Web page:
When assessing comparative effectiveness, the meta-analysis did not distinguish between studies comparing active with sham treatment conditions, and those comparing 2 alternative, active cognitive interventions. The meta-analysis also excluded noncontrolled and single-case
studies that might elucidate innovative and potentially effective treatments. Among the systematic reviews discussed above,3, 4, 5 and 6 only 2 articles were not included in our prior reviews. FK506 purchase We therefore identified the need to review the literature since 2002 and update our previous practice recommendations accordingly. The current study is an updated review of the literature published from 2003 through 2008 addressing cognitive rehabilitation for people with TBI or stroke. We systematically reviewed and analyzed studies
that allowed us to evaluate the effectiveness of interventions for cognitive limitations. We integrated these findings in our current practice recommendations. The development of evidence-based recommendations followed our prior methodology for identification of the relevant literature, review and classification of studies, and development of recommendations. These methods are described in more detail in our initial publication.1 For the current review, online literature searches using PubMed and Infotrieve were conducted using the terms attention, awareness, cognitive, communication, executive, language, memory, perception, problem solving, and reasoning combined with each of the terms rehabilitation, remediation, and training for articles published between UK-371804 nmr 2003 and 2008. Articles were assigned to 1 of 6 possible categories (based on interventions for attention, vision and visuospatial functioning, language and communication skills, memory, executive function, or comprehensive-integrated interventions) that specifically address the rehabilitation of cognitive disability. Articles were reviewed 4-Aminobutyrate aminotransferase by 2 task force members who were experienced in the process of conducting a systematic review of cognitive rehabilitation studies, and classified as providing Level I, Level II,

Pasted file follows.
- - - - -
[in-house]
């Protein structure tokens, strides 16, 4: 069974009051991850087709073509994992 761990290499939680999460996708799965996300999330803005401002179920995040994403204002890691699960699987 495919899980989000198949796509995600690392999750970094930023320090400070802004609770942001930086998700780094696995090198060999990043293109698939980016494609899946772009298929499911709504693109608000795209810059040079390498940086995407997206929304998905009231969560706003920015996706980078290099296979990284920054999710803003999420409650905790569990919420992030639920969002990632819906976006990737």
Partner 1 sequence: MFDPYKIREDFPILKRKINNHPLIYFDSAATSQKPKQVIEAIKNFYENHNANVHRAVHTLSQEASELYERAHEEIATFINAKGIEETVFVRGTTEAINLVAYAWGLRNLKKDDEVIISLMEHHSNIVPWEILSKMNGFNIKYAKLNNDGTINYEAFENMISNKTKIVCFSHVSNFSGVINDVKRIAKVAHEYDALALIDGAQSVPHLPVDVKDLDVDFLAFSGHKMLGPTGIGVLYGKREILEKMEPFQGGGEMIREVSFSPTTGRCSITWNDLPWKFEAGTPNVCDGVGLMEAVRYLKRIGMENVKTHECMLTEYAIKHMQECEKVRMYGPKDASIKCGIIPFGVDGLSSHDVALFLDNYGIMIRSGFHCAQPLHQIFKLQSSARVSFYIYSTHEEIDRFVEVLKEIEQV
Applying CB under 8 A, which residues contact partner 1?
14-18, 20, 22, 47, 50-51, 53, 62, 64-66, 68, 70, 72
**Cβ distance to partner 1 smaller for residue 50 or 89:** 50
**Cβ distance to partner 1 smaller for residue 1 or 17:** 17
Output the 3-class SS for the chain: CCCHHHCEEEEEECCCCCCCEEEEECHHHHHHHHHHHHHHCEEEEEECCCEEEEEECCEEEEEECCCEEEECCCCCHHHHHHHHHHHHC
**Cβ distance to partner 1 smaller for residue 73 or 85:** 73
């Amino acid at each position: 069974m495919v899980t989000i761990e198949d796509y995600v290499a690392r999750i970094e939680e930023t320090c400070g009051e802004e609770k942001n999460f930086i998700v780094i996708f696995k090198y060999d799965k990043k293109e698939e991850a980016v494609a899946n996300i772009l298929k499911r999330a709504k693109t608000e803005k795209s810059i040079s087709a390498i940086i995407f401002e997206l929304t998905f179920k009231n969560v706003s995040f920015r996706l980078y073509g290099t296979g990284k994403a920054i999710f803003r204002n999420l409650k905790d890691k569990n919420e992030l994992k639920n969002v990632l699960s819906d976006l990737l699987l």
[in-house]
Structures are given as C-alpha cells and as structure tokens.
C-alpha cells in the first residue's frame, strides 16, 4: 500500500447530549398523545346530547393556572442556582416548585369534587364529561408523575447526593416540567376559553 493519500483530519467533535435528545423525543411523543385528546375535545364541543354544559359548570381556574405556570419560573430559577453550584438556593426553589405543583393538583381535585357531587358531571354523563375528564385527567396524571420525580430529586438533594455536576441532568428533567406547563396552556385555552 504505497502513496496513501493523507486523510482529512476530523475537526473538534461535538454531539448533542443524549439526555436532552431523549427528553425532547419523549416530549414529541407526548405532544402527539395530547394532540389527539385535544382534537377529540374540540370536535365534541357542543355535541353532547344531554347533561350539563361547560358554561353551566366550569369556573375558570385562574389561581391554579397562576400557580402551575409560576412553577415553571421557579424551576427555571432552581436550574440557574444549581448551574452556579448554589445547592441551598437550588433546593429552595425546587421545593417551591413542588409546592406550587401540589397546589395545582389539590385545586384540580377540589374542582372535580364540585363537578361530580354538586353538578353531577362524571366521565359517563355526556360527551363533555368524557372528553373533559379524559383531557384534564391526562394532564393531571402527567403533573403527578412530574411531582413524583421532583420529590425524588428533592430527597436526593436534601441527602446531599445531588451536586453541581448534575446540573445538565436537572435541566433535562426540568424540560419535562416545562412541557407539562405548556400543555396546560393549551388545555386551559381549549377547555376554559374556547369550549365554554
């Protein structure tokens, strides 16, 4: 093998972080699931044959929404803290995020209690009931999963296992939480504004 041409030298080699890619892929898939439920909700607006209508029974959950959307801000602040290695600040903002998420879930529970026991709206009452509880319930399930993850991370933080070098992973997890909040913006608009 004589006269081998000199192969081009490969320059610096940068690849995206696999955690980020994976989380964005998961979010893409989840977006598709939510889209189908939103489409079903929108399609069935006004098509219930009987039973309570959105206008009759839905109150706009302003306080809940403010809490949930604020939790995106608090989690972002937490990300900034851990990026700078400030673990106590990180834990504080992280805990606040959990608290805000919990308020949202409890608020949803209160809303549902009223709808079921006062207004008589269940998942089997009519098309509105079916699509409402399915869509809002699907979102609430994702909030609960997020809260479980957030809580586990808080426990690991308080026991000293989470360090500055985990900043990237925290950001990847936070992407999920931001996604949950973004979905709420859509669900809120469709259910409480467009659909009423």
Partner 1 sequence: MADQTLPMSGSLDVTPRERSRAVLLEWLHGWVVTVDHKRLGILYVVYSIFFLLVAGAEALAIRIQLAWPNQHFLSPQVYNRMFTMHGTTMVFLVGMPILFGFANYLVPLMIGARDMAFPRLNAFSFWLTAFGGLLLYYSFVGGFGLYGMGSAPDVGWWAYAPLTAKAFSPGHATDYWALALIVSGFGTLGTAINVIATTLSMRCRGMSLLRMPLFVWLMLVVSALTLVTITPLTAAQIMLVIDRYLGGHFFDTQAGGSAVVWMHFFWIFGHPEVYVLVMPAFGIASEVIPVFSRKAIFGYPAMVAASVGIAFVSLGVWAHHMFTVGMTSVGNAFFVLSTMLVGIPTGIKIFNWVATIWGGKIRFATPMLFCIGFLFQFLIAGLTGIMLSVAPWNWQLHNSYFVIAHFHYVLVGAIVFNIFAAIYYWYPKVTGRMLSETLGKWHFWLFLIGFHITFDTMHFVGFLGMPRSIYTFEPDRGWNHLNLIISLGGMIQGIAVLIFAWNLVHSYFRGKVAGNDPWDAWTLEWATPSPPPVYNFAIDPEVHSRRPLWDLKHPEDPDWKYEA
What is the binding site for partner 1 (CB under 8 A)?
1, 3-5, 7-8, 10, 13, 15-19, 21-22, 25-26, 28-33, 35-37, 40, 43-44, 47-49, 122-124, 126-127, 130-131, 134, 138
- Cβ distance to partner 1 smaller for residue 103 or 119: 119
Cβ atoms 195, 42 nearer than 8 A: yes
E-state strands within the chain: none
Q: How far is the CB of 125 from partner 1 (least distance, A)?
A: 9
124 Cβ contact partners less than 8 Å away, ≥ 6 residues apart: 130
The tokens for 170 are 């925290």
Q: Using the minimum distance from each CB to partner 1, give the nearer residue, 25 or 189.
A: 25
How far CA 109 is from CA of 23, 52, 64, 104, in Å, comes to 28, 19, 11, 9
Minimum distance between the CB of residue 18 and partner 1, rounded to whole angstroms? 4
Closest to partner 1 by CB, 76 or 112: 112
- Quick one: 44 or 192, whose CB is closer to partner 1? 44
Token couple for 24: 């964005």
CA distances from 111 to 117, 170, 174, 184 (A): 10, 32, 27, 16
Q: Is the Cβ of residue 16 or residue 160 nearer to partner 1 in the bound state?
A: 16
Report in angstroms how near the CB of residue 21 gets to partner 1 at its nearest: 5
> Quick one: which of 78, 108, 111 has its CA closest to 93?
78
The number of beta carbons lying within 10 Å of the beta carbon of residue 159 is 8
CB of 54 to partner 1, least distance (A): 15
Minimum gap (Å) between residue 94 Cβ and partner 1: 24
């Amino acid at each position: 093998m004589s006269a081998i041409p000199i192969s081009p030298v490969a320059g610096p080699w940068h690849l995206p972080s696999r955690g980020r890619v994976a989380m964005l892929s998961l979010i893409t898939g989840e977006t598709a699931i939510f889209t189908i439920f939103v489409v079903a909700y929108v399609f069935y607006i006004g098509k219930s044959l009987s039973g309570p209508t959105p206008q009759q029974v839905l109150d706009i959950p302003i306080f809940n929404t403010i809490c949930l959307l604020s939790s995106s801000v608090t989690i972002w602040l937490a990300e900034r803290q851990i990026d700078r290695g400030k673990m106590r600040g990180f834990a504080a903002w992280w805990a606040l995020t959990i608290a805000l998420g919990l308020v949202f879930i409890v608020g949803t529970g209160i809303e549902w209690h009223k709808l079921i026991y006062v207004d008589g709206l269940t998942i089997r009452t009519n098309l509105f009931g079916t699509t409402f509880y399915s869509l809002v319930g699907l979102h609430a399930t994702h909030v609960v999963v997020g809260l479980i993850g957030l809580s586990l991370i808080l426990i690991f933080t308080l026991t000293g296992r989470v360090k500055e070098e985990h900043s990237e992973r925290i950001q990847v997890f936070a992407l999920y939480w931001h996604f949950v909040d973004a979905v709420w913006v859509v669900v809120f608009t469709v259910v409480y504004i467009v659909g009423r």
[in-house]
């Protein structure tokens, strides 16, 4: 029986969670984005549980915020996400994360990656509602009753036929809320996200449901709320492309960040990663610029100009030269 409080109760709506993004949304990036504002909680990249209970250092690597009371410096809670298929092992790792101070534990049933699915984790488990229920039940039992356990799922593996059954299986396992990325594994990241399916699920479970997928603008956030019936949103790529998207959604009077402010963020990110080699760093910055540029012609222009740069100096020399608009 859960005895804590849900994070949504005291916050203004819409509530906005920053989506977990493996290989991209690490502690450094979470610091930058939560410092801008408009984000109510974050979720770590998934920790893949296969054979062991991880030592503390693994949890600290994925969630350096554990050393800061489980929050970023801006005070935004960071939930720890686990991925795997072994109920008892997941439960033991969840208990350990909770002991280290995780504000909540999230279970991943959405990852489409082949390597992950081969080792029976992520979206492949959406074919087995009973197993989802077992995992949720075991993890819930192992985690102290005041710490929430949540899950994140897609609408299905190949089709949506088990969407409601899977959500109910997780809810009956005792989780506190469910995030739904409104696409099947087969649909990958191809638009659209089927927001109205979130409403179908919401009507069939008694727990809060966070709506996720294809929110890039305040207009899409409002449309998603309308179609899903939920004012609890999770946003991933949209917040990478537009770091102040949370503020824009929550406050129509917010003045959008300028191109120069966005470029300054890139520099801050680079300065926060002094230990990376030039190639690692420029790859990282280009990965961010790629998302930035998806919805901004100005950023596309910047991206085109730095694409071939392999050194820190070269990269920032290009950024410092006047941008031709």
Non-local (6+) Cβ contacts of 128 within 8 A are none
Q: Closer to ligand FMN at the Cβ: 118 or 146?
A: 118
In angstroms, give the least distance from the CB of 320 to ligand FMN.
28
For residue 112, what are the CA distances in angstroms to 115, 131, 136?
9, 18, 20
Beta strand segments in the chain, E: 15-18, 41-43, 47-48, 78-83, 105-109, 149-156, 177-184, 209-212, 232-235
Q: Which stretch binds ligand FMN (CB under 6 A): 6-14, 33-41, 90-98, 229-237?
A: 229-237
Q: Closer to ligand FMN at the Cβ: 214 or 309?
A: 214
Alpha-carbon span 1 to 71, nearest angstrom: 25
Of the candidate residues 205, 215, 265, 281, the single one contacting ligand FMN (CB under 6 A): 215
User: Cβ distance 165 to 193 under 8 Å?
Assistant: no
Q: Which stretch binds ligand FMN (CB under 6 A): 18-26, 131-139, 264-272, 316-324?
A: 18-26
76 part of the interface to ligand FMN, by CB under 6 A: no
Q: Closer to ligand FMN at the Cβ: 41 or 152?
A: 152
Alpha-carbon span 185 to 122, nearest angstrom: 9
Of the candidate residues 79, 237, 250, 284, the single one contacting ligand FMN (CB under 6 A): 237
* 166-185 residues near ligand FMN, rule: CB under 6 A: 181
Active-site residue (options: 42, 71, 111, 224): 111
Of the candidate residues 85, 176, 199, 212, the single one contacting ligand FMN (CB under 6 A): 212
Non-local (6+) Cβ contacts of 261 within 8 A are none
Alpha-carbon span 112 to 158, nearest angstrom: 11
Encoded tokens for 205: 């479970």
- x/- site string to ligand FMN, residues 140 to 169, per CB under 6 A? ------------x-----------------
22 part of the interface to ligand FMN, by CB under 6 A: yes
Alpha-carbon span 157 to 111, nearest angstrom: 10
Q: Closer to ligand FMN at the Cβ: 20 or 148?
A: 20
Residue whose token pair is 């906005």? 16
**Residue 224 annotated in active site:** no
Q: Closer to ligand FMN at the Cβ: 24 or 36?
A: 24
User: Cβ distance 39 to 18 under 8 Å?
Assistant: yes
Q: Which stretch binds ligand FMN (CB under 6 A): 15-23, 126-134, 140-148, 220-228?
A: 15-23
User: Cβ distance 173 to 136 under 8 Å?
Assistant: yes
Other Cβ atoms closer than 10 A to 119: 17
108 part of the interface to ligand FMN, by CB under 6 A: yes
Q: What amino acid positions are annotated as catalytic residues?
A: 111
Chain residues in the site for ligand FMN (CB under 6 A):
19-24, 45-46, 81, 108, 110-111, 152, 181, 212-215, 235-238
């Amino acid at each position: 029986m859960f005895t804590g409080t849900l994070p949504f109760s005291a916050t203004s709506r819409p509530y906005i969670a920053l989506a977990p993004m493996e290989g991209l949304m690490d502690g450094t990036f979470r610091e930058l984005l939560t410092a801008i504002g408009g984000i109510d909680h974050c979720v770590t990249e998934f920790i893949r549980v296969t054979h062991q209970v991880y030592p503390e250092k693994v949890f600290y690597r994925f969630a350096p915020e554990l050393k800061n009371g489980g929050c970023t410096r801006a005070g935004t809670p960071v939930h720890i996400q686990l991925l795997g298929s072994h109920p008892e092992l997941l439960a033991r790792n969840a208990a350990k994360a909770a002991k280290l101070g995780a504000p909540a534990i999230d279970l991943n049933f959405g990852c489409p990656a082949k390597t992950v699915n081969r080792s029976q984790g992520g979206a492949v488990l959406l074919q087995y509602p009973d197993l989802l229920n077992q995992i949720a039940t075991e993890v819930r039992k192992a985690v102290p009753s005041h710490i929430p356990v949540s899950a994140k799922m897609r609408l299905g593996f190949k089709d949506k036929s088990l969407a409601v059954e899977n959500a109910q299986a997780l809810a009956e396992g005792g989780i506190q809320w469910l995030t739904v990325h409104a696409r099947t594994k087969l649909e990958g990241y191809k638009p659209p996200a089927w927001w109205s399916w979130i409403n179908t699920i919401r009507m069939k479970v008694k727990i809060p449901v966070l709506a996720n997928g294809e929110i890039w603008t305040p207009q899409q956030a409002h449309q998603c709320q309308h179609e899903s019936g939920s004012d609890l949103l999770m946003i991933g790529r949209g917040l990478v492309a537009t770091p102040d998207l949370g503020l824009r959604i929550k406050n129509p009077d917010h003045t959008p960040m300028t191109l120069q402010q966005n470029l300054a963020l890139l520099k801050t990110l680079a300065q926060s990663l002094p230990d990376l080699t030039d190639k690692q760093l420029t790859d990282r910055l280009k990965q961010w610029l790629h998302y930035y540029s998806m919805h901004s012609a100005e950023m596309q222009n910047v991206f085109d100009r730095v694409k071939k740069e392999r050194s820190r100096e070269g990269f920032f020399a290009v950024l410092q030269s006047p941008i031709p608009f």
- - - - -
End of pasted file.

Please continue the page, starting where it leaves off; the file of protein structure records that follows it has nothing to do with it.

or Level III evidence. The task force initially identified citations for 198 published articles. The abstracts or complete articles were reviewed in order to eliminate articles according to the following exclusion criteria: (1) nonintervention articles, including nonclinical experimental manipulation, (2) theoretical articles or descriptions of treatment approaches, (3) review articles, (4) articles without adequate specification of interventions, (5) articles that did not include participants primarily with a diagnosis of TBI or stroke, (6) studies of pediatric subjects, (7) single case reports without empirical data, (8) nonpeer reviewed articles and book chapters, (9) articles describing pharmacologic interventions, and (10) non-English language articles. One hundred forty-one articles were selected for inclusion following this screening process.